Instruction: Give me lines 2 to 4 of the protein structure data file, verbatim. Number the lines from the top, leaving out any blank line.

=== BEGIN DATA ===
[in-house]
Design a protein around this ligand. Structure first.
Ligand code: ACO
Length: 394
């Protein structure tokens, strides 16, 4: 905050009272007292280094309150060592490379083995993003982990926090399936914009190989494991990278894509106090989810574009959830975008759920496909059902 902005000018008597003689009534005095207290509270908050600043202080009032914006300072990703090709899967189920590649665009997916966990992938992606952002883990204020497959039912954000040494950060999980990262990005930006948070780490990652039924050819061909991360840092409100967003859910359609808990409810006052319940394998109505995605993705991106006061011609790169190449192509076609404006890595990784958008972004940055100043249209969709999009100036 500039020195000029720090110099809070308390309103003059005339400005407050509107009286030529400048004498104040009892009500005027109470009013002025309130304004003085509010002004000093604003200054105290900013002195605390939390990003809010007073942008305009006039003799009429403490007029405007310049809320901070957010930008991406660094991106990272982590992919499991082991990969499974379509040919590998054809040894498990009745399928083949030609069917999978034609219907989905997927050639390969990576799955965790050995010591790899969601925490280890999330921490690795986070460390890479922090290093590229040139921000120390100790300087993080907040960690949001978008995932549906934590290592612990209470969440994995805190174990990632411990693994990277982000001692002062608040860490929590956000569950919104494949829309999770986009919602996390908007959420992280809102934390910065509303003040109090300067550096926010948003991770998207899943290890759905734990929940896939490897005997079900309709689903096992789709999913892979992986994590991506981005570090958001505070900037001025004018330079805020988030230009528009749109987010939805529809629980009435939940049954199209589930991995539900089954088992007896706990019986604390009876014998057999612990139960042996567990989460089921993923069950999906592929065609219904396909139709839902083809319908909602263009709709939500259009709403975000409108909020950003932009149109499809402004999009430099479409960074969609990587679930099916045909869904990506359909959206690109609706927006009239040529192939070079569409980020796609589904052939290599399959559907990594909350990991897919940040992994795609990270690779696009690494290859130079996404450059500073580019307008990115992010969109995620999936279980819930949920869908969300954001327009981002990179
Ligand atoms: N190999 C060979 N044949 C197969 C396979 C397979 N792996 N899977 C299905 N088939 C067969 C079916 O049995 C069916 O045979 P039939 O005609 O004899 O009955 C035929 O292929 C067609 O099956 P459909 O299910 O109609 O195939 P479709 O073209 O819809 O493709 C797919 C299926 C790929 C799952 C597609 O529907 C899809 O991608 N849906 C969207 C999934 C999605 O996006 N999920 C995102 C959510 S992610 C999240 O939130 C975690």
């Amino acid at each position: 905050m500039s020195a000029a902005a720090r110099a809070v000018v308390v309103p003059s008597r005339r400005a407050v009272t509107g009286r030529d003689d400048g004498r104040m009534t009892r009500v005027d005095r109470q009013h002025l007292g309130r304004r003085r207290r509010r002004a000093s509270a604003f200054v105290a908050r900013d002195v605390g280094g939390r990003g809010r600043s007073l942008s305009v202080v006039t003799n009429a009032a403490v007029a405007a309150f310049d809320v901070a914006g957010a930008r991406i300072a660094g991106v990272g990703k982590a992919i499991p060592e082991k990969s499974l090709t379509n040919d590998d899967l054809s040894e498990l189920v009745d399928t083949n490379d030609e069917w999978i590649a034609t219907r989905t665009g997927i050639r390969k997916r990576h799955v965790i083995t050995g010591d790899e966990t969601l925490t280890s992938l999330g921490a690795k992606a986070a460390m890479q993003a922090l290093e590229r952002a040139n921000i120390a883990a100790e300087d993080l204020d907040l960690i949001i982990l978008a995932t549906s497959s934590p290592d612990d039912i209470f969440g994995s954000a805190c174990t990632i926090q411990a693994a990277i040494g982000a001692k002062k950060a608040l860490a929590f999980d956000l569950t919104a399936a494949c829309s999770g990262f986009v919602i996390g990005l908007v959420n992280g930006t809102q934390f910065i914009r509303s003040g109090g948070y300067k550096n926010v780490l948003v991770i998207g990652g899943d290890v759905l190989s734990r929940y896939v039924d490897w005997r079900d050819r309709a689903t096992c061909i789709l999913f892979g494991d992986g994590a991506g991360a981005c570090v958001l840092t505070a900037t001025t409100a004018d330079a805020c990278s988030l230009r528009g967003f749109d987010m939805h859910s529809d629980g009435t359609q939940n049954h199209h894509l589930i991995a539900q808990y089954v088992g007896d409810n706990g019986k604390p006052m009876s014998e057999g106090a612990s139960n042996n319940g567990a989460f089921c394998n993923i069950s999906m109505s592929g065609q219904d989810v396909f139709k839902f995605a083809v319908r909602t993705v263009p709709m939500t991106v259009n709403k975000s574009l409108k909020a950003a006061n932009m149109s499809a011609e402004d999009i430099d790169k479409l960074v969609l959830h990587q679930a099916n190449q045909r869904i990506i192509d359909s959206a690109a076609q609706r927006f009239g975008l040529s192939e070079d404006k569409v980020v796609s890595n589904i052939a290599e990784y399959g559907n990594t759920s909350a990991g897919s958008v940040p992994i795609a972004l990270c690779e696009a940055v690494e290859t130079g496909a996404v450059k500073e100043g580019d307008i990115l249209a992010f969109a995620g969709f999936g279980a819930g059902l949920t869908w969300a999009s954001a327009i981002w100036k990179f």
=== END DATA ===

Design a protein around this ligand. Structure first.
Ligand code: ACO
Length: 394